By age 25, building systems often reach end of life but not the building envelope. So that means we better get it right—the first time.
Cogeneration, also known as combined heat and power, can support fuel switching in markets with a carbon-intensive grid or when grid connections are not practical. While there are many potential feedstocks for a cogeneration plant, including biomaterial and methane, natural gas is often the source. And natural gas emits far less CO2 than sources like coal.
Cogeneration plants can be 50-70% more efficient than conventional single-source plants. Buildings that use natural gas-powered generators, for instance, can recover heat and save money on energy use while reducing their carbon footprint.
Managing comfort and expectations of building occupants around temperature can go a long way in our efforts toward mitigating energy use. We need to reduce the carbon appetite in our communities by reducing the expectation that schools, offices, restaurants, and shops will be ice cold in summer and cozy and warm in winter.
How cool do we need to make a room? How warm? Finding the right middle ground is the key to reducing wasted energy on overheating or unnecessarily cooling spaces.
Perhaps the greatest challenge to investing in buildings that use less energy and emit less carbon has nothing to do with design or technology. It is all about budget and perception. In many cases, capital or investment budget for a new building is often completely divorced from its operational budget, even though former largely determines the latter. If we can look at initial investment to reduce energy consumption and operational budget over time, features like efficient building envelope and insulation would climb higher on the design priority list.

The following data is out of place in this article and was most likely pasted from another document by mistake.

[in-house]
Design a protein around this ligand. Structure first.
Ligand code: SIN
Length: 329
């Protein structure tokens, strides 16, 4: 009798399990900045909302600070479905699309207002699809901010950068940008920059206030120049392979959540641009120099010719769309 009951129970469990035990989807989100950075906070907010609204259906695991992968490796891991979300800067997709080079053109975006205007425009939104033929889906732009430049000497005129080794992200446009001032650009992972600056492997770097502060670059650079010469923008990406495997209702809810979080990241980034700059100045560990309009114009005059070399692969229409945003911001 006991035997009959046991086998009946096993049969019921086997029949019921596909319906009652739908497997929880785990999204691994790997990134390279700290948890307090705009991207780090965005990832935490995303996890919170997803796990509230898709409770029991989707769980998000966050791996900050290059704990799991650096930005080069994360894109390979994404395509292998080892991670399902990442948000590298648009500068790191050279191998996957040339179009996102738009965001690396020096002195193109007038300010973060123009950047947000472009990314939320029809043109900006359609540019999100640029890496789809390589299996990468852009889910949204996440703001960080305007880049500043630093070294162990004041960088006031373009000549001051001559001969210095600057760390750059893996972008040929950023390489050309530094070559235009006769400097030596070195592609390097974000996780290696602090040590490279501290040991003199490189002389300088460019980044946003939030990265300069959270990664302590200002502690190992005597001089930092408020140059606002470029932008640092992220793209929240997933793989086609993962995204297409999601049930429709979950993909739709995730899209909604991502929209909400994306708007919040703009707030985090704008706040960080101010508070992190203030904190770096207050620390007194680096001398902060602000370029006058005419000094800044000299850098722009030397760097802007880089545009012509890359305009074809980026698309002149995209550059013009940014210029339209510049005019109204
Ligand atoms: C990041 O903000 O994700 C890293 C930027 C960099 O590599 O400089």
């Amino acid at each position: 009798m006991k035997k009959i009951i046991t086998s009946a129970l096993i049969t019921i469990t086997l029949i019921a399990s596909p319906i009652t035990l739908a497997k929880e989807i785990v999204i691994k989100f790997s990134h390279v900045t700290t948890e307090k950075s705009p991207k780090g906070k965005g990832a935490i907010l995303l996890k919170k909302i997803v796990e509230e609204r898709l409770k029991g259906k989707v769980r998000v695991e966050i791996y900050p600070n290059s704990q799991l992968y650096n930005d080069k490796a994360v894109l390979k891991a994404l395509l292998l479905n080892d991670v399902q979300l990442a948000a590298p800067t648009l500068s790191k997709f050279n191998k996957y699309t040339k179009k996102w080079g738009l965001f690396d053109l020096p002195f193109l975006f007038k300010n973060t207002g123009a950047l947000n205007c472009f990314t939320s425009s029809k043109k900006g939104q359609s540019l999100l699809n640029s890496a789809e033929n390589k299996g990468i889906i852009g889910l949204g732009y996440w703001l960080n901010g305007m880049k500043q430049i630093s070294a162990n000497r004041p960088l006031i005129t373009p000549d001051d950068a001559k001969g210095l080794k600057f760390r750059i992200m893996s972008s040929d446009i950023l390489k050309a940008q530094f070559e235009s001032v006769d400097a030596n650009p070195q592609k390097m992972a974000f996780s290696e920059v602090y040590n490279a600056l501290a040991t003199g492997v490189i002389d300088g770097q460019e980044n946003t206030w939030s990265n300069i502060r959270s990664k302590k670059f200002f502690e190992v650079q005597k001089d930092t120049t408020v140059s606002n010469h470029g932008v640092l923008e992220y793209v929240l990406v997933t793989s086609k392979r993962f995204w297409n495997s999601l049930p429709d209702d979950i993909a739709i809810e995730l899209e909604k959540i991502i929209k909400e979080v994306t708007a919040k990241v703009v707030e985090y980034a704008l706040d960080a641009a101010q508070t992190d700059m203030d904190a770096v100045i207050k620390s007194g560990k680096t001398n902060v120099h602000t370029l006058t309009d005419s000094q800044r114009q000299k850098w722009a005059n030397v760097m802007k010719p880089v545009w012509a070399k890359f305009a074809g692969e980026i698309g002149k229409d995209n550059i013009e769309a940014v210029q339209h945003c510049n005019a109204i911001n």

Retrofitting a building with features such as high-efficiency equipment and a high-performance envelope, which dramatically reduce its energy appetite (and operational carbon needs), is a deep energy retrofit. Today, a sustainability consultant or designer can make a strong business case for a deep energy retrofit—the investment in energy efficiency will pay for itself in the short-term. While Stantec is not an Energy Performance Contract (EPC) provider, we can model building performance and help make the case. We’ve even developed custom parametric tools that model building performance against payback time, helping inform our clients of a plethora of options and investment price points. If the payback can be modeled within 5 to 10 years, the building owner will see a bottom-line benefit to the retrofit.
If it is investing more and expects the return over many decades, it is likely retrofitting for other reasons such as a commitment to being a responsible global citizen, corporate responsibility, and talent recruitment and retention.
Energy performance contracts are one method for contracting for these deep energy retrofits. In this model, you hire a consultant to study your building and demonstrate how an investment would drastically reduce building energy consumption, save money, and pay for itself in an estimated amount of time, say seven years. The contractor offers to do the retrofit and the client pays them back over say ten years. If the model is not achieved, however, that’s reflected in a reduction in payback. That’s the EPC model.